By Parker Morse, Running USA wire
EUGENE, Ore. - (June 27, 2009) - Josh McAdams, a 2008 Olympian in the steeplechase and the 2006 national champion in that event, added a second national title to his resume Saturday afternoon at the University of Oregon's Hayward Field, while 2008 Olympic Trials champion Shannon Rowbury defended her title in the women's 1500 meters.
McAdams adds second steeplechase title
McAdams' Beijing teammate Billy Nelson took the early lead in the 3000 meter steeplechase, but the pace was easy for the opening laps as the field sized each other up. With U.S. record holder Daniel Lincoln injured and Olympic Trials champion Anthony Famiglietti having run the 5000m final the night before, there were few left in the field willing to set a quick pace early.
The field finally began to string out as Nelson ratcheted the pace down with four laps to go. Daniel Huling, part of Robert Gary's steeple group in Ohio, moved up to help Nelson with the pace, and with three laps remaining Huling took over the lead by himself, with McAdams and Thomas Kloos giving chase.
"It was pretty slow at the start," said Huling. "I had a plan to go with three laps to go and stay committed to the pace. I felt immediate separation when I took the lead, and Josh was quick to get up behind me. I could feel us pulling away, and I just tried to push as much as possible."
McAdams moved into the lead about 100 meters before taking the bell, as Kyle Alcorn was moving up to third. McAdams, who was a miler before taking up the steeplechase, ran away from Huling to take the victory in 8:29.91, the slowest winning time since 1998. Huling was second in 8:32.86, and Alcorn third in 8:34.65.
"I thought for sure it would go out faster," said McAdams. "It played into my hands. With three or four laps, I was chomping at the bit to get going. I've always liked to race from the back and close fast, but I thought today it was going to go out fast and I should get to the front."
"I made a Worlds team in '07 and the Olympic team last year, but I've never made it to the final. This year, I've been working on being ready for a race going out fast. I'm going over to Europe at least once before Berlin, to try to get in a fast heat either at Heusden or DN Galan. Hopefully I'll get in a fast race and see what I can do."
"Daniel Lincoln was a tremendous asset to American steeplechasing, he really raised the caliber of the competition. And I was ready for Fam to take it out fast, I was going to go with him this year."
McAdams and Huling both have "A" standards and Alcorn the "B", so they will make up the team for Berlin. Kyle Perry, like McAdams coached by BYU coach and Olympian Ed Eyestone, will be the alternate, having placed fourth.
Rowbury defends women's 1500m crown
omen's 1500 meter final was shaping up similarly to the steeplechase, as Amy Mortimer and Heidi Dahl were the pacesetters at the front of a tight pack of twelve women. They passed 400 meters in a relaxed 1:07.7, but with 900 meters remaining Christin Wurth-Thomas, winner of the Reebok Grand Prix in New York earlier this season, burst from the pack and pulled away from the pack. The 800m split (2:14.5) belied the three-second lead Wurth-Thomas had opened on the rest of the field, a gap which kept growing nearly to the bell.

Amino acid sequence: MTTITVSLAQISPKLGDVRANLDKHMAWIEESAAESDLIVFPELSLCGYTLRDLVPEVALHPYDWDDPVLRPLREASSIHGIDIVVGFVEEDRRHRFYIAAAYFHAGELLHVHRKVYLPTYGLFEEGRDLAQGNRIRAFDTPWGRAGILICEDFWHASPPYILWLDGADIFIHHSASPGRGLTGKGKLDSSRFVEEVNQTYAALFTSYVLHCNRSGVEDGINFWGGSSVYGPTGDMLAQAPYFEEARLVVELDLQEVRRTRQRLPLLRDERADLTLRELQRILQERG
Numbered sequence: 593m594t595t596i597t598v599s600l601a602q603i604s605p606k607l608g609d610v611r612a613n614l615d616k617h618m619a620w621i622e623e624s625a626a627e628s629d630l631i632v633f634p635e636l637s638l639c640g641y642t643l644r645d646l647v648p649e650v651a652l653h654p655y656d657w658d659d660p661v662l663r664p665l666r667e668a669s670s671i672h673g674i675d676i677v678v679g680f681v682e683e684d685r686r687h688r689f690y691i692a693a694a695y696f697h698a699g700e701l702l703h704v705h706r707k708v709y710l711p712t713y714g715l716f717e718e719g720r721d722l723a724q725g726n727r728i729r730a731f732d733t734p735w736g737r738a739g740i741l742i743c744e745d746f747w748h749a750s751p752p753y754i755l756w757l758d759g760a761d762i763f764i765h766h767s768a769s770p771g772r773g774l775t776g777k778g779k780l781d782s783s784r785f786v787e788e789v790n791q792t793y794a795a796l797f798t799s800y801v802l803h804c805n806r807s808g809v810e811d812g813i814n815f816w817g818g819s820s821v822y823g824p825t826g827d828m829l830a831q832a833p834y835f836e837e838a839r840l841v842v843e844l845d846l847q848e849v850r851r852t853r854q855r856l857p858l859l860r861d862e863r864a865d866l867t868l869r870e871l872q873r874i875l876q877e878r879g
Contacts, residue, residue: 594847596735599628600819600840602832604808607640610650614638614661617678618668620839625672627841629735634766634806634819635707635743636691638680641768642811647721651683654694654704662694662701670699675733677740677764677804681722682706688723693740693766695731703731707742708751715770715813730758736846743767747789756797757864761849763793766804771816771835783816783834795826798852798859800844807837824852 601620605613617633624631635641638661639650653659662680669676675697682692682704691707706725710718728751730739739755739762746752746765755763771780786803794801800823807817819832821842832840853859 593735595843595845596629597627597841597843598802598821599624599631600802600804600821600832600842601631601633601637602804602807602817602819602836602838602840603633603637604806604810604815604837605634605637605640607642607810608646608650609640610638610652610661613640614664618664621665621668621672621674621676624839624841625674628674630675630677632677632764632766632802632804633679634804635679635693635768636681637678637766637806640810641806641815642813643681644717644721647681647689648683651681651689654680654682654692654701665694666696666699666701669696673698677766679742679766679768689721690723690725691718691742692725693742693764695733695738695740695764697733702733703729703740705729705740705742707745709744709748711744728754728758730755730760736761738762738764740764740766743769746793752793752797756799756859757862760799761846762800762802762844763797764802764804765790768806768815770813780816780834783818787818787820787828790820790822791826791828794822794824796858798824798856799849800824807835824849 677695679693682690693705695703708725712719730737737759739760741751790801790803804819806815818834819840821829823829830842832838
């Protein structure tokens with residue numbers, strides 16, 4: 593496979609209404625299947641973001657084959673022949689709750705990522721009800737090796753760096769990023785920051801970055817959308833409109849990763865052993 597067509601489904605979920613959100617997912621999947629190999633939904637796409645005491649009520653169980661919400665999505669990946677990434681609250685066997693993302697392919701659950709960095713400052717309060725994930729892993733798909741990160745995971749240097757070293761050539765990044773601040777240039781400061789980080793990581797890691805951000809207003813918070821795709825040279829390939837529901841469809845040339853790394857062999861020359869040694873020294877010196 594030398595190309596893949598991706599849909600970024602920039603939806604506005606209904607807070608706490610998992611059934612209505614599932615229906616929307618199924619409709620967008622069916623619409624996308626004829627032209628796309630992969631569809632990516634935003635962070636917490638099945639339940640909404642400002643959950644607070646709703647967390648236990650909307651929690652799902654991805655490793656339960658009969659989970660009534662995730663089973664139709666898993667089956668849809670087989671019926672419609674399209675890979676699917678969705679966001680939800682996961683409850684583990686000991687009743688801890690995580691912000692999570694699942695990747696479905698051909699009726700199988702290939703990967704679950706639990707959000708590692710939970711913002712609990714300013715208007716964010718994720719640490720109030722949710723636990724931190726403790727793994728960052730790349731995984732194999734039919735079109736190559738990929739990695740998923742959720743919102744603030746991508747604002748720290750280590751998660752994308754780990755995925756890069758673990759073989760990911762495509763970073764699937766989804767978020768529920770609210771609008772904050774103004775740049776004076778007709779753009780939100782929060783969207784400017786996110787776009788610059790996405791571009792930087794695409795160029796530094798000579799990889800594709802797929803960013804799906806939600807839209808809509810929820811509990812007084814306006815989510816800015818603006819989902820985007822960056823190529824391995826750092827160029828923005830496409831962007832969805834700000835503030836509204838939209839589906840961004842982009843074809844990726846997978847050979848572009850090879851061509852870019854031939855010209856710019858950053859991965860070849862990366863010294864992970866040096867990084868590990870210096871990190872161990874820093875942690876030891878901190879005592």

Wurth-Thomas reached 3 laps in 3:16.9, a 62-second third lap, but in her wake first Erin Donohue, then Anna Willard and Rowbury had broken clear of the pack and were giving chase. It was Rowbury who had the greatest speed of the three, and the Duke grad overtook the first two and set out after Wurth-Thomas on the backstretch.
Rowbury drew even with Wurth-Thomas as they came in to the homestretch, and by then her stride was already longer and quicker than the tiring Wurth-Thomas. She pulled clear to win in 4:05.07 to Wurth-Thomas's 4:06.00. Willard was right behind in 4:07.70, with Donohue fourth in 4:08.96.
"I think they said it was 2:02 for the last 800, and 60 seconds for the last lap," said Rowbury. "It's one thing to do that in practice and another thing for it to actually happen. I was really happy with the result. It's a little different with Christin to go after; she had a pretty big gap and I wasn't sure I could close it. I thought someone would follow her, but nobody did, so with 400 to go I said, OK, I guess I'd better be the one. I just tried not to panic, tried not to over-react."
"The tougher the competition I have at home, the tougher I'm going to be for international competition."
While Rowbury and Wurth-Thomas plan to run in Berlin, Willard is a question mark. She's one of the favorites for the women's steeplechase on Sunday, and may forgo a spot in the 1500m in favor of the barriers. "My coach [Terrence Mahon] and I will have to decide that," said Willard after the steeplechase.
USA 1500m Championship - Saturday, June 27, 2009
1) Shannon Rowbury (CA), 4:05.07
2) Christin Wurth-Thomas (AR), 4:06.00
3) Anna Willard (CA), 4:07.70
4) Erin Donohue (NJ), 4:08.96
5) Treniere Clement (TN), 4:09.10
USA 3000m Steeplechase Championship - Saturday, June 27, 2009
1) Josh McAdams (UT), 8:29.91
2) Daniel Huling (OH), 8:32.86
3) Kyle Alcorn (AZ), 8:34.65
4) Kyle Perry (UT), 8:36.65
5) Ben Bruce (OR), 8:36.76
Complete results and more at: USATF.org.